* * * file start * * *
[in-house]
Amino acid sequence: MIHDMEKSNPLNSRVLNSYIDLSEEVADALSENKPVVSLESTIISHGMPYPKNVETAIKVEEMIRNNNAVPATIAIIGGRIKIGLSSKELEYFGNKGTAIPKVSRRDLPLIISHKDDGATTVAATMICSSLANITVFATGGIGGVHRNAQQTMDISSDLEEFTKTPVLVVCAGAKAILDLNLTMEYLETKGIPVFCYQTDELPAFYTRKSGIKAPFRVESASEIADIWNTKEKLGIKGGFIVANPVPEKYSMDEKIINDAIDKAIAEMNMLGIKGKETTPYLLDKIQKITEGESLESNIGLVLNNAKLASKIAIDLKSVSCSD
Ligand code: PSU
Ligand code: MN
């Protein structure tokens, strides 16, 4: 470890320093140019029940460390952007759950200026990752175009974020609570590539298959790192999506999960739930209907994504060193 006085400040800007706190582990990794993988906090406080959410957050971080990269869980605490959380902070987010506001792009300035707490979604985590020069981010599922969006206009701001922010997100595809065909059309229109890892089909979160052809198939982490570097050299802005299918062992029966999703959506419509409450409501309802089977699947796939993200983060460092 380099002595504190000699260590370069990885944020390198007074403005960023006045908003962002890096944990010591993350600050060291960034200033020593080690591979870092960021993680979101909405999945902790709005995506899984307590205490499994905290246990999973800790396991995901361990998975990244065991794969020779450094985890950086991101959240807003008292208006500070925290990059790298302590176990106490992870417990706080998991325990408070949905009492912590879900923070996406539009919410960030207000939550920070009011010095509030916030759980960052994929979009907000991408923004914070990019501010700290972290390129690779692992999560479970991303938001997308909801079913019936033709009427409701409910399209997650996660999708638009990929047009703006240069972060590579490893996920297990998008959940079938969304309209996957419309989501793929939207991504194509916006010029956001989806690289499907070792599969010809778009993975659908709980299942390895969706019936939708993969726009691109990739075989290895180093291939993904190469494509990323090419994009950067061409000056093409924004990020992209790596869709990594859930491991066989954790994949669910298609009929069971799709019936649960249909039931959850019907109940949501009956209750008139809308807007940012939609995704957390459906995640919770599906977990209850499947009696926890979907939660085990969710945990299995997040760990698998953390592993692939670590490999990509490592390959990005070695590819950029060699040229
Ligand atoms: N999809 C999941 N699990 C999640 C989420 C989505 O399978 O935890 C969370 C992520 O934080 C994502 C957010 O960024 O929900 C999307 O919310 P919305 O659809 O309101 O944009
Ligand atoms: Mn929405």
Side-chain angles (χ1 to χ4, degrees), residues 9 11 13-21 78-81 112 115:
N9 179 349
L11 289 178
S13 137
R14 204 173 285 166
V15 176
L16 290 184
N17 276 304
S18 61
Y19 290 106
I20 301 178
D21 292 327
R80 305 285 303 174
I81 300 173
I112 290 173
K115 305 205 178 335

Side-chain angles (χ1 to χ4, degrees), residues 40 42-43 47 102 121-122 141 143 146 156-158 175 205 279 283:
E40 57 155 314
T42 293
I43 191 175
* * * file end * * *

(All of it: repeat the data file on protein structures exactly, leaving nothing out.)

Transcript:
[in-house]
Amino acid sequence: MIHDMEKSNPLNSRVLNSYIDLSEEVADALSENKPVVSLESTIISHGMPYPKNVETAIKVEEMIRNNNAVPATIAIIGGRIKIGLSSKELEYFGNKGTAIPKVSRRDLPLIISHKDDGATTVAATMICSSLANITVFATGGIGGVHRNAQQTMDISSDLEEFTKTPVLVVCAGAKAILDLNLTMEYLETKGIPVFCYQTDELPAFYTRKSGIKAPFRVESASEIADIWNTKEKLGIKGGFIVANPVPEKYSMDEKIINDAIDKAIAEMNMLGIKGKETTPYLLDKIQKITEGESLESNIGLVLNNAKLASKIAIDLKSVSCSD
Ligand code: PSU
Ligand code: MN
């Protein structure tokens, strides 16, 4: 470890320093140019029940460390952007759950200026990752175009974020609570590539298959790192999506999960739930209907994504060193 006085400040800007706190582990990794993988906090406080959410957050971080990269869980605490959380902070987010506001792009300035707490979604985590020069981010599922969006206009701001922010997100595809065909059309229109890892089909979160052809198939982490570097050299802005299918062992029966999703959506419509409450409501309802089977699947796939993200983060460092 380099002595504190000699260590370069990885944020390198007074403005960023006045908003962002890096944990010591993350600050060291960034200033020593080690591979870092960021993680979101909405999945902790709005995506899984307590205490499994905290246990999973800790396991995901361990998975990244065991794969020779450094985890950086991101959240807003008292208006500070925290990059790298302590176990106490992870417990706080998991325990408070949905009492912590879900923070996406539009919410960030207000939550920070009011010095509030916030759980960052994929979009907000991408923004914070990019501010700290972290390129690779692992999560479970991303938001997308909801079913019936033709009427409701409910399209997650996660999708638009990929047009703006240069972060590579490893996920297990998008959940079938969304309209996957419309989501793929939207991504194509916006010029956001989806690289499907070792599969010809778009993975659908709980299942390895969706019936939708993969726009691109990739075989290895180093291939993904190469494509990323090419994009950067061409000056093409924004990020992209790596869709990594859930491991066989954790994949669910298609009929069971799709019936649960249909039931959850019907109940949501009956209750008139809308807007940012939609995704957390459906995640919770599906977990209850499947009696926890979907939660085990969710945990299995997040760990698998953390592993692939670590490999990509490592390959990005070695590819950029060699040229
Ligand atoms: N999809 C999941 N699990 C999640 C989420 C989505 O399978 O935890 C969370 C992520 O934080 C994502 C957010 O960024 O929900 C999307 O919310 P919305 O659809 O309101 O944009
Ligand atoms: Mn929405």
Side-chain angles (χ1 to χ4, degrees), residues 9 11 13-21 78-81 112 115:
N9 179 349
L11 289 178
S13 137
R14 204 173 285 166
V15 176
L16 290 184
N17 276 304
S18 61
Y19 290 106
I20 301 178
D21 292 327
R80 305 285 303 174
I81 300 173
I112 290 173
K115 305 205 178 335

Side-chain angles (χ1 to χ4, degrees), residues 40 42-43 47 102 121-122 141 143 146 156-158 175 205 279 283:
E40 57 155 314
T42 293
I43 191 175